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Migration to a more conventional CNC Mill/Router GUI Control Screen

#1

I have used Mach 3 on 3 other mills/routers. It represents the standard screen configurations that a mill/router would provide the user. Although the maslow is different than a conventional machine(in that it does the x-y calculation in terms of the chain lengths) many of the operation are identical to other machines.

I have posted this pic to illustrate. Is there any discussion or value in considering making the display migrate towards this kind of screen?


The advantages are standard milling operation and cnc look and feel.

Large position readouts(visible from farther away ie when your at the maslow and not at the control)

Step and repeat of entered short sequences of gcode. Re-positioning of cutter quickly with direct gcode entry on the screen

Resetting of x, y, and z zero positions so that specific cut lengths will be with respect to current position (you don’t have to figure out gcode delta x and y)

Just thought I would introduce the concept. As I understand the code better, this would not be an operational change, but more a reworking of the UIElements chosen to display/activate certain component controls, and their size and placement on the screen.

The gcode editor built-in might be some work, but all that is really need is a text entry box and a button that appends to local default file with save and load by name functions.

Maybe there is a discussion on look and feel, but I bring it up for discussion.

#2

The current screen of GC was deliberatly NOT like other CNC machines as those
are intimidating to new users.

The thing we have been talking about it making it so that any g-code sender can
control the maslow.

This would allow everyone to pick the display type they like rather than trying
to make GC satisfy everyone.

Currently, the Maslow is pretty much grbl compatible, but the calibration
currently relies on calculations done in GC. Once it’s calibrated, it’s possible
to run it with a generic g-code sender

David Lang

3 Likes
#3

GroundControl is constrained by its Kivy roots, but that also makes supporting many platforms using open source tools possible. @madgrizzle has done some interesting exploring with a web-based add-on here.
If you’re looking for a project to make a contribution, look through the issues with the ‘Enhancement’ tag. Nothing as dazzling as a complete user interface remodel there, but several opportunities to make a valuable difference.

#4

Thank you for the feedback. I appreciate your comments. I especially like the idea of any g-code sender being able to interface with different look and feel styles. So the idea would be that setup is done in generic GC, and then after that, other g-code senders would be compatible. That is a great idea!!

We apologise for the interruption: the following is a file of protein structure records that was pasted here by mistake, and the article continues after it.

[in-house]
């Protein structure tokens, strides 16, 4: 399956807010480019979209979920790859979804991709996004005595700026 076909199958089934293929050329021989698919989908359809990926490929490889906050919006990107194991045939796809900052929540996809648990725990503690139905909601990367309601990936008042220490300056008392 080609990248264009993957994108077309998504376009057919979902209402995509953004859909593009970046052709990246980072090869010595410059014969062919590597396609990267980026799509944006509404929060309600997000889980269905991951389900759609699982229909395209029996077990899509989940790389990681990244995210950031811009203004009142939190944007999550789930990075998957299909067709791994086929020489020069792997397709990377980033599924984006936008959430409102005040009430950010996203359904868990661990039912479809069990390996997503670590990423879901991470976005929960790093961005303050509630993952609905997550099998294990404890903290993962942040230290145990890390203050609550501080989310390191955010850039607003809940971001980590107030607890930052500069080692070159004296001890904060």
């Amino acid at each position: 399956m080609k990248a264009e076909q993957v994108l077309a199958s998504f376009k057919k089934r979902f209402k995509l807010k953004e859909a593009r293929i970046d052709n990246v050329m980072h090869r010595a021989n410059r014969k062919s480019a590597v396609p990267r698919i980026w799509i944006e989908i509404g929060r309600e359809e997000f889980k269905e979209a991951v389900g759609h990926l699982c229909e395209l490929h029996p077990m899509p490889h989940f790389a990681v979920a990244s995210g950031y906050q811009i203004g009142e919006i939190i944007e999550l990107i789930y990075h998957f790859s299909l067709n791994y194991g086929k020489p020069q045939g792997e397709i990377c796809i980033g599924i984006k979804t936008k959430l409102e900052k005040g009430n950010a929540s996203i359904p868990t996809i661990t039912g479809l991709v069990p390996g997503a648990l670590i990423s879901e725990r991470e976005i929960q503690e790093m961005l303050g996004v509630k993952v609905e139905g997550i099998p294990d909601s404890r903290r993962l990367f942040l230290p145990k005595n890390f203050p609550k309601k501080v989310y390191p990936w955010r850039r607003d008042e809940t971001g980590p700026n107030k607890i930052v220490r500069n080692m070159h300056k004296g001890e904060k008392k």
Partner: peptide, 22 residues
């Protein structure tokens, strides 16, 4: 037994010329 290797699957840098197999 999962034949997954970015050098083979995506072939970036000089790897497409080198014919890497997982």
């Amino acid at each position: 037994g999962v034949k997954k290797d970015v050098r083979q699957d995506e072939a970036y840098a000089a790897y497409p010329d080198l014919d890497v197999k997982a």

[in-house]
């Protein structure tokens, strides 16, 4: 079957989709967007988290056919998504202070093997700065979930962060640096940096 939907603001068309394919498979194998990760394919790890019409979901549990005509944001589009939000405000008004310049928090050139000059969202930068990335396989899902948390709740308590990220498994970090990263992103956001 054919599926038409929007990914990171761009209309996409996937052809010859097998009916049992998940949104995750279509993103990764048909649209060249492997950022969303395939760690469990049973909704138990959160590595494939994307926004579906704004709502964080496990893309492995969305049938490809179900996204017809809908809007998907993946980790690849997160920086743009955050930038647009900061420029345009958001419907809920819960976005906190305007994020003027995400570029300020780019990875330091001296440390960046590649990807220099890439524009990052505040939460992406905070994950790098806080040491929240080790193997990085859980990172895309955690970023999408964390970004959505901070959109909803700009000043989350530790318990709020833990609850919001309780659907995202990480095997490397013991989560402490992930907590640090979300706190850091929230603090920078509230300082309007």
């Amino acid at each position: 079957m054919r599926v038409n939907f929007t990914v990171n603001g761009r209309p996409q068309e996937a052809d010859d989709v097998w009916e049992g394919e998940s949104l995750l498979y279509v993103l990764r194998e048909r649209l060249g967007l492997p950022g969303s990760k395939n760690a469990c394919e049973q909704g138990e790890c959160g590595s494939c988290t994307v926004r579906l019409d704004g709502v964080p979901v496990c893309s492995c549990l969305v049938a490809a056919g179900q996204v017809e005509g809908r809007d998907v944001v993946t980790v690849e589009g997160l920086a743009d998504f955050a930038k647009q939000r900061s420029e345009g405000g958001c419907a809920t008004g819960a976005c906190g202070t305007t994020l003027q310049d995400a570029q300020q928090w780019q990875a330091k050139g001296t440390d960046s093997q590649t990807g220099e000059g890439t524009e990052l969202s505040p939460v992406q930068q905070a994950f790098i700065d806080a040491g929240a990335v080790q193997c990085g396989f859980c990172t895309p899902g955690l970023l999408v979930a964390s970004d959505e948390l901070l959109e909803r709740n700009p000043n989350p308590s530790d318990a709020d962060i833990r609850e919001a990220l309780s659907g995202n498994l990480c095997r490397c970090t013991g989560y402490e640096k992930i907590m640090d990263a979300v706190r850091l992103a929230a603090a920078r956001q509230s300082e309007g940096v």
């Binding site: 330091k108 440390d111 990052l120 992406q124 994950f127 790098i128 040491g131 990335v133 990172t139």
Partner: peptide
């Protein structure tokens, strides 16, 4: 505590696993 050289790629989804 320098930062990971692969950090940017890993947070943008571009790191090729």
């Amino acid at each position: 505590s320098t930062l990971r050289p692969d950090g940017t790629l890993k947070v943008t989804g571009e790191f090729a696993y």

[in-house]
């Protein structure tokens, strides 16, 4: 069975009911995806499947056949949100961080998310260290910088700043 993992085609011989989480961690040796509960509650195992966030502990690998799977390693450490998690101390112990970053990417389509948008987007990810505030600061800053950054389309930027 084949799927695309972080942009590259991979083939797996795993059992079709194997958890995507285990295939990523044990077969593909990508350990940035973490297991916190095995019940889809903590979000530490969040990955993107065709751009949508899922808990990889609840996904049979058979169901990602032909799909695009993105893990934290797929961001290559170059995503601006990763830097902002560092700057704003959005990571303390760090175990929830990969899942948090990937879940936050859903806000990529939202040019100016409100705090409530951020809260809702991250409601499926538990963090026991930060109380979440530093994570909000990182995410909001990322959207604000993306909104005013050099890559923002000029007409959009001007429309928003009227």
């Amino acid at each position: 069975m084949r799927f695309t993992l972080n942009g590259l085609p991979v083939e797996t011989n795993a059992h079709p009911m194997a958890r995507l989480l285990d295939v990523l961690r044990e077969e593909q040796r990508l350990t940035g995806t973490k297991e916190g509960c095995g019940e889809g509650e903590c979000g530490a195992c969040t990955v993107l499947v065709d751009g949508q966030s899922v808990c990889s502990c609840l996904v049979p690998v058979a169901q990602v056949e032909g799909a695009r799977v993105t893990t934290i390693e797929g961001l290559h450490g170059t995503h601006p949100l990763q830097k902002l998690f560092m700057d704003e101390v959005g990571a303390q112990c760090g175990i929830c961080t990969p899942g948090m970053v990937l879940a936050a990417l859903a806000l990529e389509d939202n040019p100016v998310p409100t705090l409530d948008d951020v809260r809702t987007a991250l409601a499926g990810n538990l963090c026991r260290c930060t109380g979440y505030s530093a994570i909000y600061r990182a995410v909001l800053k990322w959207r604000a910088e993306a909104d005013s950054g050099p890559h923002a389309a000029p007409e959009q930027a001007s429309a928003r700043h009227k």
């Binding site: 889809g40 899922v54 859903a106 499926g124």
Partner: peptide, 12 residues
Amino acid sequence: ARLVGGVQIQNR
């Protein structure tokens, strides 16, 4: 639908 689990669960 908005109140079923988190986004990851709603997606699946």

Thanks blurfl for the link to the beginners tips page. I will come up to speed on how the guts work.

I think your group has come up with a tremendous tool. Can’t say enough good things about the Maslow concept.

#5

To expand on that, if someone :wink: we’re to pick up from @madgrizzle’s web interface and add a web version of the ‘Automatic Chain Calibration’ tool, the generic GC really wouldn’t be needed except for initial setup or a major reconfiguration.

#6

I believe that his web interface is adding web things to GC

we would need to add additional B commands to do the calibration in the
firmware. If we did that, GC would never be needed.

David Lang

#7

All of the work in the Actions/AutomaticChainCalibration is done through G codes and B codes that are already present. The web page needs to fill in the distances (constants) to move into the gcodes for the different sprocket-rotate buttons and send them, then send the closing B codes when the ‘Set zero’ is clicked.

Doing the full calibration on a web page is a much bigger task, would require R/W access to GroundControl.ini as well. Little steps…

#8

All of the work in the Actions/AutomaticChainCalibration is done through G
codes and B codes that are already present. The web page needs to fill in the
distances (constants) to move into the gcodes for the different
sprocket-rotate buttons and send them, then send the closing B codes when the
‘Set zero’ is clicked.

the actual measurements are entered into GC, then GC does a bunch of
calculations and sends the resulting settings to the firmware.

a new B code (or a couple) would be needed to allow the actual measurements to
be sent to the firmware and to have the firmware do the calculations.

Doing the full calibration on a web page is a much bigger task, would require R/W access to GroundControl.ini as well. Little steps…

doing it in firmware would also require that we not override the firmware if the
firmware and groundcontrol.ini don’t agree.

David Lang

#9

I see, you’re talking about the full initial calibration, I’m talking about re-calibrating the chains by setting the sprockets and extending the chains - it’s a subset of the whole but much more frequently used one.